One of the things that's going out is the 80386-33 motherboard with the Cyrix 486 processor on it. The Cyrix processor was made to plug into a 386DX socket and it provided about 50% of the performance of an Intel 80486 for about 40% of the cost. Considering how much better a 486 was than a 386, it was a freakin' bargain.
A 386 had perhaps 30% of the power of a 486 of the same clock speed; the Cyrix processor ran at 40 MHz and had about 150% of the processing power of the 386DX-33, so it was a good upgrade.
Anyway, this motherboard would still be usable if it hadn't had a NiCd battery permanently soldered to it. The battery died and leaked (the way they do) and it ruined the keyboard socket and associated circuitry. The thing will pass POST and stop at the keyboard error ("press F1 to continue") but since the keyboard interface circuitry is damaged it can't detect a keyboard at all.
Trash. *sigh* I did take all the 30-pin 1 MB SIMMS off it, though. Heh. Yeah, that machine was good; it had a whopping eight megabytes of RAM!
My dear boy, this was 1993.
I got rid of a pile of other old computer parts. Okay, the Maynard tape backup drive uses 8mm tapes and it's sat in my basement for seventeen years. I connected it to a power supply once and I never tried patching it into my system's SCSI bus. (My PC had a SCSI card because that was the only way to get a CD-ROM in 1993. One year later, the IDE CD-ROM drives had come out, and they even cost less to boot. *sigh*) In its day it was a very high-end tape drive that I'd salvaged from the dumpster, intending to see if I could fix it; but it's so old that if it can store as much as two gigabytes on a tape it would be miraculous and I was never sure it was functional to begin with. Out!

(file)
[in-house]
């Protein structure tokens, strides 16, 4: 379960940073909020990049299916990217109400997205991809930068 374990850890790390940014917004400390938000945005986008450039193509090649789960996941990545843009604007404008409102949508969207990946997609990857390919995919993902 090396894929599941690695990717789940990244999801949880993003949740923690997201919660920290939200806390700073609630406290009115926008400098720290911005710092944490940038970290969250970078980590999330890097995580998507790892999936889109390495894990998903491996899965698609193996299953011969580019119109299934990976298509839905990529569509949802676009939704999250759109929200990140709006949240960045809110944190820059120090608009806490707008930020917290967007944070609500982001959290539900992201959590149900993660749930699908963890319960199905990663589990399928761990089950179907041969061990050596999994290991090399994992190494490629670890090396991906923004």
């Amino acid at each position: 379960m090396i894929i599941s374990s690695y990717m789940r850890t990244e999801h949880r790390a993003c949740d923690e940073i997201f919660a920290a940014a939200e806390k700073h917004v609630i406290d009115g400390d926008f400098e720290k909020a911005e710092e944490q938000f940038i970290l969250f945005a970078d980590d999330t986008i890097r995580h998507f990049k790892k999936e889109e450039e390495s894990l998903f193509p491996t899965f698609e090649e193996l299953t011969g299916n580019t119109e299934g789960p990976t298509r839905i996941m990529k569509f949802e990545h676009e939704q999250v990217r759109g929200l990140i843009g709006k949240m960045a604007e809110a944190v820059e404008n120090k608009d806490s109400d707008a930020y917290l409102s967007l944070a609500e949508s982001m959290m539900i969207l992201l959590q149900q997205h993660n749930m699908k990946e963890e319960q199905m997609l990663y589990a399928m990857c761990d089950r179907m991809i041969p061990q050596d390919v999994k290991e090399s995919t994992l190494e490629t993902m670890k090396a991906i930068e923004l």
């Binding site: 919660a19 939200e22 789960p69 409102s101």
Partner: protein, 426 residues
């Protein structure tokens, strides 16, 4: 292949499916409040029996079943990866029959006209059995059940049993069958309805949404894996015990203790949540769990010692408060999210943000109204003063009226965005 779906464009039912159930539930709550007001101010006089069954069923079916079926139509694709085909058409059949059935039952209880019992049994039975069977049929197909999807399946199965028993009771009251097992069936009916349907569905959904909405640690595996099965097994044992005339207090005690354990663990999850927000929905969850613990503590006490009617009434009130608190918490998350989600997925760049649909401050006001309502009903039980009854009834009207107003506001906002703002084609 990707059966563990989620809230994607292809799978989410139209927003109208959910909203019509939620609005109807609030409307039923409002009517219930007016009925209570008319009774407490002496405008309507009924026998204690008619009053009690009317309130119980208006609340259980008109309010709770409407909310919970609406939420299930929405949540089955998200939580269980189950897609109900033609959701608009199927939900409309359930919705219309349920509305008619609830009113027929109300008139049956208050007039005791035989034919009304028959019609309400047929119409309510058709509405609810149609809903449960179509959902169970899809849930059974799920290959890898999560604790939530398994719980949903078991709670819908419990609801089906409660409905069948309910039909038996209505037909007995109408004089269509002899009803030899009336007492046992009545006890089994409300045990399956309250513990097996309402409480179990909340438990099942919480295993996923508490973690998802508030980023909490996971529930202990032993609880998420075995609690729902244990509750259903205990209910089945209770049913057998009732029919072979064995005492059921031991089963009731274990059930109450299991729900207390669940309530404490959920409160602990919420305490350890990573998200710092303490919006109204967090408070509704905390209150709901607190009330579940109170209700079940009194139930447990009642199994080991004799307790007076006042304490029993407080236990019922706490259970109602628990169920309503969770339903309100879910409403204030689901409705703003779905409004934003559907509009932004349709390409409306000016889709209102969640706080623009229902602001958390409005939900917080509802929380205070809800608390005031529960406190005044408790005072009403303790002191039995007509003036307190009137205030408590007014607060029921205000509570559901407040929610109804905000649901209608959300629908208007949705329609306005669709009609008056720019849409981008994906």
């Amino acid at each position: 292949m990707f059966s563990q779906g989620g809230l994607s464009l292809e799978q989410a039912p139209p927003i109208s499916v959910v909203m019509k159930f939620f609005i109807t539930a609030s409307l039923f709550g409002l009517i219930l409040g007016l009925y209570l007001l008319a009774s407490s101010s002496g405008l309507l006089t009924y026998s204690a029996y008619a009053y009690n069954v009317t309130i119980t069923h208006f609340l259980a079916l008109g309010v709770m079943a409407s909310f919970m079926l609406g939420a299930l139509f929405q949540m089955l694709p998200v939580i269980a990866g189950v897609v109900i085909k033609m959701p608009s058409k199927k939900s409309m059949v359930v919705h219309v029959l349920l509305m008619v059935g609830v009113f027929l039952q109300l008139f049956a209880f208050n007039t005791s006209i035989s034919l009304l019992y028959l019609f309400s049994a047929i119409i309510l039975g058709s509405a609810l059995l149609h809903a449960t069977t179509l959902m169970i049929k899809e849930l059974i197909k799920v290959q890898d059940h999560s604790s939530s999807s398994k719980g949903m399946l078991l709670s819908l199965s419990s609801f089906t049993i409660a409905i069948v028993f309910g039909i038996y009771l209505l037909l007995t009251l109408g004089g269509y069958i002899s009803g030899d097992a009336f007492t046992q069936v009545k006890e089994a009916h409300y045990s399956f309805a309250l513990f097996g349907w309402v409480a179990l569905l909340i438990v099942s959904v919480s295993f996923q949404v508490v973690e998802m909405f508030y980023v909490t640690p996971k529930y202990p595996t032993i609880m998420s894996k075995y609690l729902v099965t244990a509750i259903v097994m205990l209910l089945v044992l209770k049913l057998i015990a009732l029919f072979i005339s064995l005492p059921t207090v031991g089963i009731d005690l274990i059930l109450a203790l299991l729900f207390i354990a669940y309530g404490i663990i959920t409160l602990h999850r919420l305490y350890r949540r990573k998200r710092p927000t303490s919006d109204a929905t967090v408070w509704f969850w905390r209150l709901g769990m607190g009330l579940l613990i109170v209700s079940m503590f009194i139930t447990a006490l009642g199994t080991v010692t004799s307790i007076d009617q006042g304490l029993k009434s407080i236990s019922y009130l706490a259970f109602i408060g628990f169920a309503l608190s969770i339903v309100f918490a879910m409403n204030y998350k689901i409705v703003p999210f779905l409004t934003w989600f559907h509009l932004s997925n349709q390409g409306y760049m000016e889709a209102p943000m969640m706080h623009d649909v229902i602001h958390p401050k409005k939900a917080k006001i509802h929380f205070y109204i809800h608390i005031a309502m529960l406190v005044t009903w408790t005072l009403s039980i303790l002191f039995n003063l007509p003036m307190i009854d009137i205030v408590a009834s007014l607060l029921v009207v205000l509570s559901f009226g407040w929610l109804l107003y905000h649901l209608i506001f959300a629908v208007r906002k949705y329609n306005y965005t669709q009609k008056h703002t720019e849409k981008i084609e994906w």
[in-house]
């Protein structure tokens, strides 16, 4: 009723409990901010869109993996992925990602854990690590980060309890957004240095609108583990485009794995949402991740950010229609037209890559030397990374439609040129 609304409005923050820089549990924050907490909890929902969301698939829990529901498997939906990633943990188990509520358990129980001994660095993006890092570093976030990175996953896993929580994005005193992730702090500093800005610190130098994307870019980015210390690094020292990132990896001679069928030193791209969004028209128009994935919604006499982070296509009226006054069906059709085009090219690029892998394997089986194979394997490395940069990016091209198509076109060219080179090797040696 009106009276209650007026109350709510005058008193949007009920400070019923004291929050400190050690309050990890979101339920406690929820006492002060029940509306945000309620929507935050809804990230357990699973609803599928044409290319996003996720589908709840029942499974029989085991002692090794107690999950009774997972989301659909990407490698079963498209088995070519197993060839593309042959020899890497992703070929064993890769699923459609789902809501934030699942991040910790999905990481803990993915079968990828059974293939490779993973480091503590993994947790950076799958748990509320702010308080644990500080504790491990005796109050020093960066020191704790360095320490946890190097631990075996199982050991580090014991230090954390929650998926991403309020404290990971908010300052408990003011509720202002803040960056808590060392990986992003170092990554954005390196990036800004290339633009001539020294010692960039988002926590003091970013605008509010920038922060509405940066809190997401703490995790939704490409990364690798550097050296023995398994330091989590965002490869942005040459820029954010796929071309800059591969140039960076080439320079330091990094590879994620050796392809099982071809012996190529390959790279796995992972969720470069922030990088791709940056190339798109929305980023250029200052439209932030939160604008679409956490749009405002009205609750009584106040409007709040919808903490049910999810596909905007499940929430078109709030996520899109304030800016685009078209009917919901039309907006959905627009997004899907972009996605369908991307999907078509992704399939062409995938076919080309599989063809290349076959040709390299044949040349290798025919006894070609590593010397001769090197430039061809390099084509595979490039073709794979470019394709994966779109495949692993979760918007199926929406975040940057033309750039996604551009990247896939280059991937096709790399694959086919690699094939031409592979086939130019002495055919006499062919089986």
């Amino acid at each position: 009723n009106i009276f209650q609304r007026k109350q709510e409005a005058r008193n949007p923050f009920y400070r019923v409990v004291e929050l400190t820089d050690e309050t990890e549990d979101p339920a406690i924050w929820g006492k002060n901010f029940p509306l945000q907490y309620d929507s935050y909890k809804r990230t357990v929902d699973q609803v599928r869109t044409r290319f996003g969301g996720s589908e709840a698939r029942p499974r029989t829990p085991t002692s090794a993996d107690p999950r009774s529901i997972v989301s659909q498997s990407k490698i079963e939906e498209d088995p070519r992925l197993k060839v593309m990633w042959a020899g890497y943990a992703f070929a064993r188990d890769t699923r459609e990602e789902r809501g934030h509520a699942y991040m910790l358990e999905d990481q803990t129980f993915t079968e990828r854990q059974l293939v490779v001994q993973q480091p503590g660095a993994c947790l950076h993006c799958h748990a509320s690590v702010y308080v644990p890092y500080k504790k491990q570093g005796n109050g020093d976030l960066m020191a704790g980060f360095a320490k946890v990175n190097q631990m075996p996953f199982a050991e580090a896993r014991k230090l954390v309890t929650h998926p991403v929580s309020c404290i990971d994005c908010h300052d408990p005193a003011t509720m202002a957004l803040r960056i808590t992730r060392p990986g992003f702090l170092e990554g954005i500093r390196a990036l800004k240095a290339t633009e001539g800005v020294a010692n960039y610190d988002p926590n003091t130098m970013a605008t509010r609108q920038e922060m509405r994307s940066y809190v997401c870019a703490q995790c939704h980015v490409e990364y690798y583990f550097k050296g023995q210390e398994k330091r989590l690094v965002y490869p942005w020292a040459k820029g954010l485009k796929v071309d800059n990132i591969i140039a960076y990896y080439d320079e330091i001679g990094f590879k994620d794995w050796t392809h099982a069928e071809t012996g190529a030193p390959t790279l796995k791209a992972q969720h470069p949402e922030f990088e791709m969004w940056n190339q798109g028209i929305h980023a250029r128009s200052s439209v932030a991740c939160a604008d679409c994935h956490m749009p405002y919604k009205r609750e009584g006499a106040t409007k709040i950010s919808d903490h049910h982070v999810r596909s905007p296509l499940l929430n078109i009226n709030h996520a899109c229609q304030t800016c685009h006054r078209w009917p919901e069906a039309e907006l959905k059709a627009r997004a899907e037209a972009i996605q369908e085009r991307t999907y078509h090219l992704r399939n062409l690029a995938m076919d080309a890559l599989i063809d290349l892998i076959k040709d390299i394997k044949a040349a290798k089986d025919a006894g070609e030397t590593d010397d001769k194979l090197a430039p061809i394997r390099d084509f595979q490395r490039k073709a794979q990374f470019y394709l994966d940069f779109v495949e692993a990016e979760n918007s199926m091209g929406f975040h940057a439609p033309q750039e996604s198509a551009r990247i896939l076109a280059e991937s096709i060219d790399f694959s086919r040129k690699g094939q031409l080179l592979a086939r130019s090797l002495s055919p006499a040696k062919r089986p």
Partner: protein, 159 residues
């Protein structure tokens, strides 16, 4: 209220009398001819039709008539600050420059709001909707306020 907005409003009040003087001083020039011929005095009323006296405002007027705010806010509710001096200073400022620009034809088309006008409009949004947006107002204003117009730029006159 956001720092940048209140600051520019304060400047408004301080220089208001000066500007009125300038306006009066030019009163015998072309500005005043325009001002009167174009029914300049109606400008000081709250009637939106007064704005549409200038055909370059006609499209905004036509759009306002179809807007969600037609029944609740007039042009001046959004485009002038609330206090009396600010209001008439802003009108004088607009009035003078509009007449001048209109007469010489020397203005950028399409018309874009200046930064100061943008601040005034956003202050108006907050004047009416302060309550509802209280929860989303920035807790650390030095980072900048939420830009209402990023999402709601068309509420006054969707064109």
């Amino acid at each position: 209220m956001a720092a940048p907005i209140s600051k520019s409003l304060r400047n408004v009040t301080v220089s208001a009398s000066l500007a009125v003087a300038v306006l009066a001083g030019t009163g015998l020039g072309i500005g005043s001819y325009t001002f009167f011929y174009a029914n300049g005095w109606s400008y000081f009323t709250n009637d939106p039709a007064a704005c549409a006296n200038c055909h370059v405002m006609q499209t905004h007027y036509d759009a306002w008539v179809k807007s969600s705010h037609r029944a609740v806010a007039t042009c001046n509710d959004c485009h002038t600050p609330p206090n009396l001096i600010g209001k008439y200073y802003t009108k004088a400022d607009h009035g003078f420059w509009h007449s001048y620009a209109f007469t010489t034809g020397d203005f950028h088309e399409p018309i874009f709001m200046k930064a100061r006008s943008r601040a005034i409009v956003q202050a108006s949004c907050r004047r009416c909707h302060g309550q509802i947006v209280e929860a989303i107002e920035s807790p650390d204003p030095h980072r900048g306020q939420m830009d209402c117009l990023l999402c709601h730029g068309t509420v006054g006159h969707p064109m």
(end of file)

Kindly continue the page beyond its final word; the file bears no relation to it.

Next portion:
The stack of Jaton video cards-- This company cropped up around 1995 that made some inexpensive PCI video cards with really nifty features based on some Trident chipset. I had one in my Pentium system; and after I upgraded it to a Celeron motherboard I discovered that the new motherboard didn't like Jaton video cards; somehow I ended up with three kinds, one of which had a TV tuner daughterboard. One of them worked, though I can't recall which, and in any case I retired that one after I got the VooDoo video card in 1998 in order to play Ultima IX. The Jaton cards were good for most things, but they only had 1 MB of video RAM. (These days, I think you could display monochrome with that....) The VooDoo card remains in the Celeron system, which is down in the basement, collecting dust...and that video card has a whopping 16 MB of video RAM on it. (I think the Celeron has 32 MB of RAM, all told, but don't quote me. It might be as much as 64.) So the Jaton cards went on the "discard" pile.
There's a box of electronic gewgaws I also dumped. It's sat on the basement floor, undisturbed, for five years. I will never use any of it, so why keep it?
...I did keep the old analog pager that I had back in my on-site computer tech days. The last company I did on-site service for gave it to me so they could let me know when they needed me to call in to HQ. I don't know how or why I still have the thing, but my overly sentimental nature wouldn't let me chuck it even though it's built to listen to an analog cellular phone system that no longer exists. Well, it's pretty small, and doesn't take up much room, so F it.
Two external modems, one 1200 baud and the other 2400 baud. WTF am I ever going to need those for? I'm not going to bother figuring out how long it would take to torrent a single episode of anime through a 2400 baud modem, because I know the time would be on the order of decades. (A 200 MB file at 2400 bits per second? When actual data throughput is only 1750 bits per second due to all the protocol overhead? Please.)
(Seventeen and a half years. I got curious, okay??)
There is still a shit-ton of...well, shit to go through down there, but at least I made a little scratch on the side of the mountain.